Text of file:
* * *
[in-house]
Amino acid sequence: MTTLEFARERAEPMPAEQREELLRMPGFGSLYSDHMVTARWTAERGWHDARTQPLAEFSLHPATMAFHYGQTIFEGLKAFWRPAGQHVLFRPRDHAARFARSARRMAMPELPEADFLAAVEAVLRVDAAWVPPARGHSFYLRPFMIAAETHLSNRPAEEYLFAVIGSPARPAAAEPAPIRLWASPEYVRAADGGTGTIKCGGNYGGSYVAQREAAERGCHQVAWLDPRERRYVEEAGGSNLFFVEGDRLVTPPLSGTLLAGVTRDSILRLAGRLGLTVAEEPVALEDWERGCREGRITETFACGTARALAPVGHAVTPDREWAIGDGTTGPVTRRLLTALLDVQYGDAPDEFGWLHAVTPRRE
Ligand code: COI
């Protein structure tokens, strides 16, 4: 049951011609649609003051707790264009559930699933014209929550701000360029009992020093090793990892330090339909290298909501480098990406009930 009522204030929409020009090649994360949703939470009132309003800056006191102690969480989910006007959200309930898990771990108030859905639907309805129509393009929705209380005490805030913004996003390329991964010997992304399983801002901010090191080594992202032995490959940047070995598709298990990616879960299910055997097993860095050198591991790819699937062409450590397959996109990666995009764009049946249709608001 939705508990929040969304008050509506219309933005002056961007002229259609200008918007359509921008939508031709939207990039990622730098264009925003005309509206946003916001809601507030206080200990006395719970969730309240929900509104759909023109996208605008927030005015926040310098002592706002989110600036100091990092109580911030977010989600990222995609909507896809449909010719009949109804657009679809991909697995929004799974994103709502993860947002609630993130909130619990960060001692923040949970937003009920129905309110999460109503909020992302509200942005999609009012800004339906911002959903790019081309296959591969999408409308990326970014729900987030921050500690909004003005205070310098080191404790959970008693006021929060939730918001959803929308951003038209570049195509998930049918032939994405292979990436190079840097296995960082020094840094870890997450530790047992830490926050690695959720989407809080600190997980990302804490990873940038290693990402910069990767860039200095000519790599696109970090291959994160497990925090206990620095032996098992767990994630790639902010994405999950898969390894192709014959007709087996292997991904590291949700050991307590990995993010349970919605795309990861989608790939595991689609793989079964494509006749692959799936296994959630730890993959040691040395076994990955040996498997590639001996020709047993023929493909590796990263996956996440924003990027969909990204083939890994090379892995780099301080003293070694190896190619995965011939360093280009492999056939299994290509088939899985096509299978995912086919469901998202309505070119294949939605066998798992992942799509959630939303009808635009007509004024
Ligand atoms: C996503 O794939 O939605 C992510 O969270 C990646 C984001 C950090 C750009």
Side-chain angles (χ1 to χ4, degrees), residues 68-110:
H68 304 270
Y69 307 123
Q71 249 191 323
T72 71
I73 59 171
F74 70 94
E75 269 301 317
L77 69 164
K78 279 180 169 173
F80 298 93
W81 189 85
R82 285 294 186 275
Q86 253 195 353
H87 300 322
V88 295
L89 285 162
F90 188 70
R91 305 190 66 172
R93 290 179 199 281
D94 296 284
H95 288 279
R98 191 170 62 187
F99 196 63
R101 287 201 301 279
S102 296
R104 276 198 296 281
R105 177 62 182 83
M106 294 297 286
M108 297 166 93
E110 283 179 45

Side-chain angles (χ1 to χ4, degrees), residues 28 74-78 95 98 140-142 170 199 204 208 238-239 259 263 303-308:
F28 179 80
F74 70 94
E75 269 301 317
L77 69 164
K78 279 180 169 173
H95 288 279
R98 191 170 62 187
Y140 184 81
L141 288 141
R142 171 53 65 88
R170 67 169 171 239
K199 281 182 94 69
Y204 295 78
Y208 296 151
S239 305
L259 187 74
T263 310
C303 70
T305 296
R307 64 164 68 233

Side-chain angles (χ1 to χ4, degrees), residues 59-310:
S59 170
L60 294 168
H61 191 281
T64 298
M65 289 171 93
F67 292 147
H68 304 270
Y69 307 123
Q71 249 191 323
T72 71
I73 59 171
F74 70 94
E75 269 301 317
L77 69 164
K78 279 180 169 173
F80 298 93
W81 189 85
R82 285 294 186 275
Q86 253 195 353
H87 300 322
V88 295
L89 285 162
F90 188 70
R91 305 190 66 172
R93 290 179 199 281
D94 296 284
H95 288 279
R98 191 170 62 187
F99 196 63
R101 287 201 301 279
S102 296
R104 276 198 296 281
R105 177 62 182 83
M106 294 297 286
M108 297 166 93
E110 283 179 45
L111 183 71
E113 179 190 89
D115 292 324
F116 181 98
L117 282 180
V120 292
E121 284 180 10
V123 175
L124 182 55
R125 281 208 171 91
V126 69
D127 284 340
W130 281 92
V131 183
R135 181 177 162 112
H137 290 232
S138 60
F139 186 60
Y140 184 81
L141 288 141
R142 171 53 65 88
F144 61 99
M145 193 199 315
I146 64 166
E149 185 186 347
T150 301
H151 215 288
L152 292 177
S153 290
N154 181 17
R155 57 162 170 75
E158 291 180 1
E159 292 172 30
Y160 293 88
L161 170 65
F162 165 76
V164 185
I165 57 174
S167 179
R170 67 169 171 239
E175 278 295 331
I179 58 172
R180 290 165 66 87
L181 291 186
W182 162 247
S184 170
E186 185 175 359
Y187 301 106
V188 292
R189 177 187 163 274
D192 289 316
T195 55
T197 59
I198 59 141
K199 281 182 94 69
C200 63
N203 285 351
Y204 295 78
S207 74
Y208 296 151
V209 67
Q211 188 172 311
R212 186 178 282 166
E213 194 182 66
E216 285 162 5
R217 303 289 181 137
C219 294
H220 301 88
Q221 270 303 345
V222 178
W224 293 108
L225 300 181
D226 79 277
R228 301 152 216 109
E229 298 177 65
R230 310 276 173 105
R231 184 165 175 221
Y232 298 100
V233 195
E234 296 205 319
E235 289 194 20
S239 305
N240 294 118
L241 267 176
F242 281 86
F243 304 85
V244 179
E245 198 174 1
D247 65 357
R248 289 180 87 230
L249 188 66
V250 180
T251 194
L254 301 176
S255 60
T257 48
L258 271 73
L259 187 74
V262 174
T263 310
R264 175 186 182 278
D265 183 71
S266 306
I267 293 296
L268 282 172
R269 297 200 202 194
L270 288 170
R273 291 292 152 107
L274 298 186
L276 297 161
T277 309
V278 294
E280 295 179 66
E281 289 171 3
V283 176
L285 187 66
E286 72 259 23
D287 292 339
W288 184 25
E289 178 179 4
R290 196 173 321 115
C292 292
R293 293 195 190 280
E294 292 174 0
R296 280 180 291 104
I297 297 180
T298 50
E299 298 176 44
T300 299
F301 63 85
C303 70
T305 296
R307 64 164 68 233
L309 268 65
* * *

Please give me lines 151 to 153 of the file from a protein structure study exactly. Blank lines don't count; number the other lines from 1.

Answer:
N203 285 351
Y204 295 78
S207 74